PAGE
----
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World Refugee Day

n the wake of the last week’s World Refugee Day and the Government’s adoption of a draft of the new Foreigners Act, the Helsinki Foundation for Human Rights and the Association for Legal Intervention would like to point the attention of the public to the detrimental effects of the new law on foreigners staying in guarded centres.

According to the governmental bill, the head of the Border Guard unit supervising a guarded centre would be the only official empowered to decide whether or not to release a foreigner from the centre. A decision to this effect could be issued ex-officio, for instance in circumstances preventing further detention of a foreigner. Serious reservations have been raised by a proposed regulation which allows making that decision also upon a motion filed by a foreigner. “Accepting this measure would mean relinquishing a much more potent review mechanism operating under the law currently in force”, says Ewa Ostaszewska-Żuk, HFHR lawyer.

Today, the legal power to decide whether or not a foreigner’s stay in a centre should be continued is vested in courts. Under new legislation, it is hardly conceivable that a Border Guard authority, the recipient of the foreigner’s motion for release, would ever admit such a request”, explains Adam Chmura, a lawyer with the Association for Legal Intervention.It is rather improbable that a Border Guard authority would accept a motion submitted by a foreigner in the absence of finding prerequisites for an ex-officio release.

However, a particularly disturbing legislative change is the rule governing the right to an appeal against the Border Guard’s denial of the motion. Under the draft law foreigners may lodge an appeal provided the motion for release was filed after at least three months from the date of decision to place the foreigner in a guarded centre. In practice, this would mean that no appeal would be available since, as a general rule, foreigners are placed in centres for a maximum duration of three months.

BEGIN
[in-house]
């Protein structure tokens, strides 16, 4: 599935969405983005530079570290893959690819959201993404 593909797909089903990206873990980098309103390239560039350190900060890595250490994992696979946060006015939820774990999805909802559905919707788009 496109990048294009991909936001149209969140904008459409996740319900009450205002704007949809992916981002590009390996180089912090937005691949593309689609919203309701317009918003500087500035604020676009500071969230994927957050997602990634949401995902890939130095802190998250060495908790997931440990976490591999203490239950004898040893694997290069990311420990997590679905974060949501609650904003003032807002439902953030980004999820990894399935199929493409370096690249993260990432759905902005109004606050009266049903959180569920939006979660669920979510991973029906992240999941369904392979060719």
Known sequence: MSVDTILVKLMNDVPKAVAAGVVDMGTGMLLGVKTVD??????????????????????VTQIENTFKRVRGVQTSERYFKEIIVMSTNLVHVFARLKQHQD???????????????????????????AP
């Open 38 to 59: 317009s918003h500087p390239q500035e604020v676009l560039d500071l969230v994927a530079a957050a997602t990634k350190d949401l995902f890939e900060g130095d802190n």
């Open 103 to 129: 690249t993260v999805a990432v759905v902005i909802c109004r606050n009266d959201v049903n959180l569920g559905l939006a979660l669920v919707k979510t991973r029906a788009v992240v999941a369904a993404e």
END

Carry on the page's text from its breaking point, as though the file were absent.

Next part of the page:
“In other words, foreigners would be actually deprived of the right to challenge the Border Guard’s decision”, says Ms Ostaszewska.

The HFHR and the Association for Legal Intervention also note that the proposed scope of the foreigner’s motion for release from a guarded centre does not comply with the European law. The relevant EU Directive provides that detention applied to a foreigner must be “reviewed at reasonable intervals of time either on application by the third-country national concerned or ex officio”. In cases of prolonged detention, the review must be made by a court.

“What is disturbing here is that far-fetched modifications have been introduced at such an advanced stage of the governmental works. They have appeared literally few days before the Council of Ministers adopted the draft of the new Foreigners Act”, notes Witold Klaus, President of the Association for Legal Intervention. Mr Klaus adds that the modifications have not been excessively consulted.

“We celebrate the Refugee Day all year long so I think that the government should be equally attentive to the problems of foreigners for 365 days a year and not just on this one day”, says Danuta Przywara, President of the Helsinki Foundation for Human Rights. “On my part, I can declare, as usual, that we will closely scrutinise both the works on the bill and the actual conditions created for foreigners in Poland”, promises Ms Przywara.

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